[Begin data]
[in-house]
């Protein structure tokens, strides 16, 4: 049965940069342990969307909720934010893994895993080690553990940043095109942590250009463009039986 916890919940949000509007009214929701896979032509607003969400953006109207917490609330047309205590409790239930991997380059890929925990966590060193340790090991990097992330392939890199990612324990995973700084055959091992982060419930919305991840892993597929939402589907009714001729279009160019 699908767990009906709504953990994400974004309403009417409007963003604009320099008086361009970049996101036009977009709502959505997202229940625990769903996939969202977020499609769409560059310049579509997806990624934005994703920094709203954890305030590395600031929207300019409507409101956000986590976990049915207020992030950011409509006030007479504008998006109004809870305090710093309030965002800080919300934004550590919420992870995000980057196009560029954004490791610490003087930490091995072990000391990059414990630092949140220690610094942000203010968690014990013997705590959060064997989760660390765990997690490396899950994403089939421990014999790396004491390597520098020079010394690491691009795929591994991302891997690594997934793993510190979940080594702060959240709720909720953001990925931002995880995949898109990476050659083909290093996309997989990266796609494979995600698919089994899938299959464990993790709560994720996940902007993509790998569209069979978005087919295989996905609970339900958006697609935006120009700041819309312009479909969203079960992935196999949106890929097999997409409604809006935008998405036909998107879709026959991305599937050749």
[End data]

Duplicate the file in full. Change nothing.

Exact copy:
[in-house]
């Protein structure tokens, strides 16, 4: 049965940069342990969307909720934010893994895993080690553990940043095109942590250009463009039986 916890919940949000509007009214929701896979032509607003969400953006109207917490609330047309205590409790239930991997380059890929925990966590060193340790090991990097992330392939890199990612324990995973700084055959091992982060419930919305991840892993597929939402589907009714001729279009160019 699908767990009906709504953990994400974004309403009417409007963003604009320099008086361009970049996101036009977009709502959505997202229940625990769903996939969202977020499609769409560059310049579509997806990624934005994703920094709203954890305030590395600031929207300019409507409101956000986590976990049915207020992030950011409509006030007479504008998006109004809870305090710093309030965002800080919300934004550590919420992870995000980057196009560029954004490791610490003087930490091995072990000391990059414990630092949140220690610094942000203010968690014990013997705590959060064997989760660390765990997690490396899950994403089939421990014999790396004491390597520098020079010394690491691009795929591994991302891997690594997934793993510190979940080594702060959240709720909720953001990925931002995880995949898109990476050659083909290093996309997989990266796609494979995600698919089994899938299959464990993790709560994720996940902007993509790998569209069979978005087919295989996905609970339900958006697609935006120009700041819309312009479909969203079960992935196999949106890929097999997409409604809006935008998405036909998107879709026959991305599937050749």